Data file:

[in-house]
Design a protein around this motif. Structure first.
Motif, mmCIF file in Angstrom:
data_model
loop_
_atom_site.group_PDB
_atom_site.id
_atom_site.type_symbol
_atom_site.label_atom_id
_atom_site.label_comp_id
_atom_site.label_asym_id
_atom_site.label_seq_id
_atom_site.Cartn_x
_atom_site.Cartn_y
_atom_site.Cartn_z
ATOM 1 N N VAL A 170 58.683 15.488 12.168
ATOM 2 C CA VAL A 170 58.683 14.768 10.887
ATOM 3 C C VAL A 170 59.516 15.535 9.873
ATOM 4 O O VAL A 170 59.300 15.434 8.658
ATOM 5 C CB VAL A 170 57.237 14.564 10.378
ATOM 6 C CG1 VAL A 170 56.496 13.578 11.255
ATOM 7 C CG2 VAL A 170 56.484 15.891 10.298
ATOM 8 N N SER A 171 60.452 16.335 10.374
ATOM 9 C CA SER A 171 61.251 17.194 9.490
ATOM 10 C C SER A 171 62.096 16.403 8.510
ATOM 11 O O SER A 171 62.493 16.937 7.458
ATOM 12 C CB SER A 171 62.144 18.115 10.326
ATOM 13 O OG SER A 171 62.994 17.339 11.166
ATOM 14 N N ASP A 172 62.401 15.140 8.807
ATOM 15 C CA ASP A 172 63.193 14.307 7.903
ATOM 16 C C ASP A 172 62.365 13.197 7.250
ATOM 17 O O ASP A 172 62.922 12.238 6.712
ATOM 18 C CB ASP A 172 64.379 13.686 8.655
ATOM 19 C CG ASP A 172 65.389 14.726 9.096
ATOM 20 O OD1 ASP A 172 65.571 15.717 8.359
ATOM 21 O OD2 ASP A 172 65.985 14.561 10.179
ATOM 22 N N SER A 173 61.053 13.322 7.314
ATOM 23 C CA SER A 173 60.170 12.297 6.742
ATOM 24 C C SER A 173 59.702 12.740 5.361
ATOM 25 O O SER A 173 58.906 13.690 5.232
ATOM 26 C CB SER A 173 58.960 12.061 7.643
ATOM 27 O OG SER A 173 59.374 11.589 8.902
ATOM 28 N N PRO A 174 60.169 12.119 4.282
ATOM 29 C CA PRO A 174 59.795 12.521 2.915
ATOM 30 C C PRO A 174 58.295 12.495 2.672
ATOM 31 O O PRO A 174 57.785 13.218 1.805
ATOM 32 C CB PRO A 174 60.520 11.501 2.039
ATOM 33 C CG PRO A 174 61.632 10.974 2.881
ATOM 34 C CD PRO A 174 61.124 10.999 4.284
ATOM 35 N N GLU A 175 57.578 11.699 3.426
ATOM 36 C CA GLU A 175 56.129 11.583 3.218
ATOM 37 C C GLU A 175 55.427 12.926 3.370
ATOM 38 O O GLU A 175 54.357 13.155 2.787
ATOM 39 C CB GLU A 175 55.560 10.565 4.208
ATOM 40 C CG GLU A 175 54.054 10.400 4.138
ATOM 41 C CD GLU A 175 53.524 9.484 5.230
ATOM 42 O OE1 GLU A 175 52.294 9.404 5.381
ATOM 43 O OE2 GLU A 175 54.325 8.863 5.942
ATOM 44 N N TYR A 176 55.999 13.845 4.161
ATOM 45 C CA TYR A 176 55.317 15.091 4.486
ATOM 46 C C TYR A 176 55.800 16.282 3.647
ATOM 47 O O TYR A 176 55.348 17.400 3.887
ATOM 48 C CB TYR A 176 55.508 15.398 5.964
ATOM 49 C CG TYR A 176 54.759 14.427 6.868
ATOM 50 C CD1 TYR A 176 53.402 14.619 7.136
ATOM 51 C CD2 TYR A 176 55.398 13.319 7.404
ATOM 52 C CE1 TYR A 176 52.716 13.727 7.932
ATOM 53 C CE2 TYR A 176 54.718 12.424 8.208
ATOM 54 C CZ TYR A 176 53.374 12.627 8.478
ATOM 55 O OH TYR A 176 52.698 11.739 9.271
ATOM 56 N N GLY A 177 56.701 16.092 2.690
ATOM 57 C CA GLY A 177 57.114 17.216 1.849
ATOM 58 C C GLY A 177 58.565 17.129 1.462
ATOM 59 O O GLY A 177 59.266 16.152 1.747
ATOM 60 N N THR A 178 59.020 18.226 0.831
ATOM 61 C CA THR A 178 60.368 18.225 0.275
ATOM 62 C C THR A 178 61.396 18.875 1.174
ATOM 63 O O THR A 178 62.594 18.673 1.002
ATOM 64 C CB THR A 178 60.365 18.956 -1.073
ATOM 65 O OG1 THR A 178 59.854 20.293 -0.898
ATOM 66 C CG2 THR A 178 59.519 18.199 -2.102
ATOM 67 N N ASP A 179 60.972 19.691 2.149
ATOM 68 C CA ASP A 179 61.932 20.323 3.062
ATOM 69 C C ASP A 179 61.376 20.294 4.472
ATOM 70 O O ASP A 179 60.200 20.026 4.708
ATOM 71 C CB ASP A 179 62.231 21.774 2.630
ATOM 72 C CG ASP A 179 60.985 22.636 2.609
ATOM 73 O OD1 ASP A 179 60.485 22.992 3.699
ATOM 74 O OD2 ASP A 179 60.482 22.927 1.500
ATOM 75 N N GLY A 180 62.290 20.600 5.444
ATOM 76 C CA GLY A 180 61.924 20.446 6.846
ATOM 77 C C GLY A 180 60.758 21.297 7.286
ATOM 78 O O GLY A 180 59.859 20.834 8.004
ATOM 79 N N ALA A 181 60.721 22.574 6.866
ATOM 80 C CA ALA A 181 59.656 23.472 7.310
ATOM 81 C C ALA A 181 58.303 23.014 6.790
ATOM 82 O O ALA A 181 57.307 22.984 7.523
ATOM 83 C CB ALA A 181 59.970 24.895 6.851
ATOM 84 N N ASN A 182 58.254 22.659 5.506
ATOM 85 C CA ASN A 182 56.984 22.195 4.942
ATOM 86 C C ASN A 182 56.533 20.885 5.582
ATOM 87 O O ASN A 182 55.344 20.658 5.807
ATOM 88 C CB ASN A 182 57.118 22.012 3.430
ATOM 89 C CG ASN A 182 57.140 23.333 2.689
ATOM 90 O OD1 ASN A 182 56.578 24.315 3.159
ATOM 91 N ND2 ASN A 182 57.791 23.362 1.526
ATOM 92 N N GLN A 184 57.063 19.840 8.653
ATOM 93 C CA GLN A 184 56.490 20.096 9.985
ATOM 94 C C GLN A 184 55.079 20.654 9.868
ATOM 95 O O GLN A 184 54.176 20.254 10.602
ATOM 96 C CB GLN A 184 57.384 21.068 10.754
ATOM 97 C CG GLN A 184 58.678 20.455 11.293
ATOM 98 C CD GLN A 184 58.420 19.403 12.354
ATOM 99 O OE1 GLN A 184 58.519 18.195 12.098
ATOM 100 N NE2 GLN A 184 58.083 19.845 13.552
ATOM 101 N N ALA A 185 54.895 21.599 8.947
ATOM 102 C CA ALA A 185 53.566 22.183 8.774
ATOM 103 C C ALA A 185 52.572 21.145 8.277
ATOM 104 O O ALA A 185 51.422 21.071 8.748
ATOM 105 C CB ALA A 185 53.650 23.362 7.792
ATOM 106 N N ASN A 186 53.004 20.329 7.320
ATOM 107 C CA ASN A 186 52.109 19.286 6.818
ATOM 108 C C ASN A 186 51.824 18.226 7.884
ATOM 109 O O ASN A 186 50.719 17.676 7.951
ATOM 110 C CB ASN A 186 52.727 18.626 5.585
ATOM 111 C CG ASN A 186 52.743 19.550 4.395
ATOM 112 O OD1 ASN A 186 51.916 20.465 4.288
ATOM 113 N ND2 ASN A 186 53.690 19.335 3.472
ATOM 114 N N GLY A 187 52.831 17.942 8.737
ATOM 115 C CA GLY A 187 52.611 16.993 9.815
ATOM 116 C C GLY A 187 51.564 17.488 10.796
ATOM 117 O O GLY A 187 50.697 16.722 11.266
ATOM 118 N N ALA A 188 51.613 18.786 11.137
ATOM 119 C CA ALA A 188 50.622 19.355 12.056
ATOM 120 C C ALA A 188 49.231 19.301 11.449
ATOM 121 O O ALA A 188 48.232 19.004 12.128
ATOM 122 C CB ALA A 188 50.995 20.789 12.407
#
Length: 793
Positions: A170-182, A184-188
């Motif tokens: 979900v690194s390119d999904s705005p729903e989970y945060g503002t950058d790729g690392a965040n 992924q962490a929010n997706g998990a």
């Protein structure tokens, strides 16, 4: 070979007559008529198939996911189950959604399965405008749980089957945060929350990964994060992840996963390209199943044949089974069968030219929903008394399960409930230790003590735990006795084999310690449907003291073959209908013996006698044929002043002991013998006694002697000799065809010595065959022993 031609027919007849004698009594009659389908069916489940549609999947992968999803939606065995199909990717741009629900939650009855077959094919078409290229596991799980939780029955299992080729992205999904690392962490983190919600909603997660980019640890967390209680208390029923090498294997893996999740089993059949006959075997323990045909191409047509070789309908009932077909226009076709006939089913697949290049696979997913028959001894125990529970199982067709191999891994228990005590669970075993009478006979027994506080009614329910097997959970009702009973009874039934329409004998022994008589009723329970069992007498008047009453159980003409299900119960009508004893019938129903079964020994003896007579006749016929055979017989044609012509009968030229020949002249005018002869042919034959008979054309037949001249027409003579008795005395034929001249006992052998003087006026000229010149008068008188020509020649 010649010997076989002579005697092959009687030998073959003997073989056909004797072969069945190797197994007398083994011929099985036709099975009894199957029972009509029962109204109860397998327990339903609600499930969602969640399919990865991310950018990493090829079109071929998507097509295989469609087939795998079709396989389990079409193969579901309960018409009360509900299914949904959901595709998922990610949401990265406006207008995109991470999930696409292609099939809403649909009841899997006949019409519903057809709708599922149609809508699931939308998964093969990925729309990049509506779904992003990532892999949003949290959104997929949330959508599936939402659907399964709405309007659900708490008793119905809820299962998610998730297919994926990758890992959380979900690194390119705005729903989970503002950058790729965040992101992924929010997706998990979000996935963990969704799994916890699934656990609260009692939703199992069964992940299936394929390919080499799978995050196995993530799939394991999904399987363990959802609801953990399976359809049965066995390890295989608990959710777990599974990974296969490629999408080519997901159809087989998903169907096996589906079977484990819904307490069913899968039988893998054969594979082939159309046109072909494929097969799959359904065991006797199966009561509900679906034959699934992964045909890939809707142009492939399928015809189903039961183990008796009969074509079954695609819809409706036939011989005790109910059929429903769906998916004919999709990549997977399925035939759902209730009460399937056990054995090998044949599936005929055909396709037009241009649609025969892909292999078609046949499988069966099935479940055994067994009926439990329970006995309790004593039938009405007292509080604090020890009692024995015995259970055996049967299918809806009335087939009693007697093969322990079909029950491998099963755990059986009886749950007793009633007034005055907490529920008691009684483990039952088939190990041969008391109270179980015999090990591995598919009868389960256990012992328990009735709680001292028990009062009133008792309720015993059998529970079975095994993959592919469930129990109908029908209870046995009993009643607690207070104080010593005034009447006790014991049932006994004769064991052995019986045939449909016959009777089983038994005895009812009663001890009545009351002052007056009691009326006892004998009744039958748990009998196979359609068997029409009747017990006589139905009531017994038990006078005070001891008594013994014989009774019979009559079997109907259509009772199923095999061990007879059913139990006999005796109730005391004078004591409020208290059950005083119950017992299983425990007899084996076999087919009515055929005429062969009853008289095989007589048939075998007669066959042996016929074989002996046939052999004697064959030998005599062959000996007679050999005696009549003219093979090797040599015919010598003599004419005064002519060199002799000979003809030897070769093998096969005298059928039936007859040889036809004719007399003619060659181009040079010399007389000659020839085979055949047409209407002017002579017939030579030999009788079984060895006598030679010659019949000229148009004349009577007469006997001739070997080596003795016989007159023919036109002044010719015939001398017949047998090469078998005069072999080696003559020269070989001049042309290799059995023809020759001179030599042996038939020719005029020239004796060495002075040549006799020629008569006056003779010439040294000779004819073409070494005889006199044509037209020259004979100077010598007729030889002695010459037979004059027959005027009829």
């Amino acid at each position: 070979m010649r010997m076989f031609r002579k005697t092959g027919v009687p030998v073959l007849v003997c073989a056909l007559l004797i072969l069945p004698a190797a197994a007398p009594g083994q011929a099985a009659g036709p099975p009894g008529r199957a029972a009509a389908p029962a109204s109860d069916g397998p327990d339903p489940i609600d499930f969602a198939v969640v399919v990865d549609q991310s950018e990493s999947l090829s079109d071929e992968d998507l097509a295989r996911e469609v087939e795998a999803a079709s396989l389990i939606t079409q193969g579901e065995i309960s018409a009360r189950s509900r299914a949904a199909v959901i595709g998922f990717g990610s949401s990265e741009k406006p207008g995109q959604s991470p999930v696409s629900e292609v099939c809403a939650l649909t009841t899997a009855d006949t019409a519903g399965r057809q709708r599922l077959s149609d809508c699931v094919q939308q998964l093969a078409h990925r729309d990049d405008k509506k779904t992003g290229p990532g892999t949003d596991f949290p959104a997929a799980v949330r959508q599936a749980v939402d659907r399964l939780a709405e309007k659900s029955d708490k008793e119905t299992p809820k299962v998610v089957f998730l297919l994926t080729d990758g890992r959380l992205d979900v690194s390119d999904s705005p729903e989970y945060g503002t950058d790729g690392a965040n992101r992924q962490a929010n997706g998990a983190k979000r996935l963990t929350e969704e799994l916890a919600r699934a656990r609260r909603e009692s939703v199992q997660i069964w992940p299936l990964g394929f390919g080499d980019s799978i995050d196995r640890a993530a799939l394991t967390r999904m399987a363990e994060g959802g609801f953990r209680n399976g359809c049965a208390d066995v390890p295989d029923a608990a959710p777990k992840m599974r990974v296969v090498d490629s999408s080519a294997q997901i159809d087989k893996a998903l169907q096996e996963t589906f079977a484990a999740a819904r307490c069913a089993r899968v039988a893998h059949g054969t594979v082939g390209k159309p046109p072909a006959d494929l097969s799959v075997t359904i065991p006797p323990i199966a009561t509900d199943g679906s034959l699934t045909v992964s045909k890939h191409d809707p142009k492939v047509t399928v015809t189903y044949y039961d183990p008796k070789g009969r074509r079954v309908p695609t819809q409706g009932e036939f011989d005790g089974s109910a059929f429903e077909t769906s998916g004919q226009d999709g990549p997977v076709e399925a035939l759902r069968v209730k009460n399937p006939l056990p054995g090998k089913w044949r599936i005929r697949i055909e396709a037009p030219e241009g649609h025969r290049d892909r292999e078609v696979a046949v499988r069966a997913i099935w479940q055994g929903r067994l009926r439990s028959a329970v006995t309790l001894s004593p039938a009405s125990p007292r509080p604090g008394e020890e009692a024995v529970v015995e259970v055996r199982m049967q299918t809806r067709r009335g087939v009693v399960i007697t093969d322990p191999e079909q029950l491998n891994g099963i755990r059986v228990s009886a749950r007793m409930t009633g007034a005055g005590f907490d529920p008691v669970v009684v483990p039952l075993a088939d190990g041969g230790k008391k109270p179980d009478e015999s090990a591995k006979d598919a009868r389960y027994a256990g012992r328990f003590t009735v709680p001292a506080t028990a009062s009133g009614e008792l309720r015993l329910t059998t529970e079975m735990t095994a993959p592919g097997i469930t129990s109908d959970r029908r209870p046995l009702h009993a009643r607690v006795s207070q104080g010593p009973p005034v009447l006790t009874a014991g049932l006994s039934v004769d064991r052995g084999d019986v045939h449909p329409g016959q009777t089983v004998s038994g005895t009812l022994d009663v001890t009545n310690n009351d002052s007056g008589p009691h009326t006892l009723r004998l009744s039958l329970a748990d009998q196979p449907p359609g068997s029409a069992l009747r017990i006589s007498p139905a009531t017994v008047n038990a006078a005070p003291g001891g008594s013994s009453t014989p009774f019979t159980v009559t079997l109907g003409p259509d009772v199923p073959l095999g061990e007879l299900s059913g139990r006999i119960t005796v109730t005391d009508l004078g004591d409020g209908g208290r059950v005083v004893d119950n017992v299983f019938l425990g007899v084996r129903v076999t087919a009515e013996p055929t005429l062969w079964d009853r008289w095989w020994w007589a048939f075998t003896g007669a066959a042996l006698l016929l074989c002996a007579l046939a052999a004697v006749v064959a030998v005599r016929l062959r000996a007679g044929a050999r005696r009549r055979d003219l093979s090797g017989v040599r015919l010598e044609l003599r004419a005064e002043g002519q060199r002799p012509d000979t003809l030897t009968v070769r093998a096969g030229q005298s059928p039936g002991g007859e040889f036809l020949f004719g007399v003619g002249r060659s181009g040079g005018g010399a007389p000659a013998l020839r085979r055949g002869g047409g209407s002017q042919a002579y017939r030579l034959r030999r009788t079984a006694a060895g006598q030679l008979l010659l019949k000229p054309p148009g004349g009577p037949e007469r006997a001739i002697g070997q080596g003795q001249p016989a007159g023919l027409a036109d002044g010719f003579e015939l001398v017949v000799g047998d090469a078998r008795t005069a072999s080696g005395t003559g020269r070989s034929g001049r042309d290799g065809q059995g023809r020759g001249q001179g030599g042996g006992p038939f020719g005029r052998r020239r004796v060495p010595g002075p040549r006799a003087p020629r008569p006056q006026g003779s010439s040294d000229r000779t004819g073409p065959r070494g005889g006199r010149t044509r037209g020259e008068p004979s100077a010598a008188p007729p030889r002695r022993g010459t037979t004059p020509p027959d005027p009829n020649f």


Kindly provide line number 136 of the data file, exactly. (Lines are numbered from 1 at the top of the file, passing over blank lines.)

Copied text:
ATOM 121 O O ALA A 188 48.232 19.004 12.128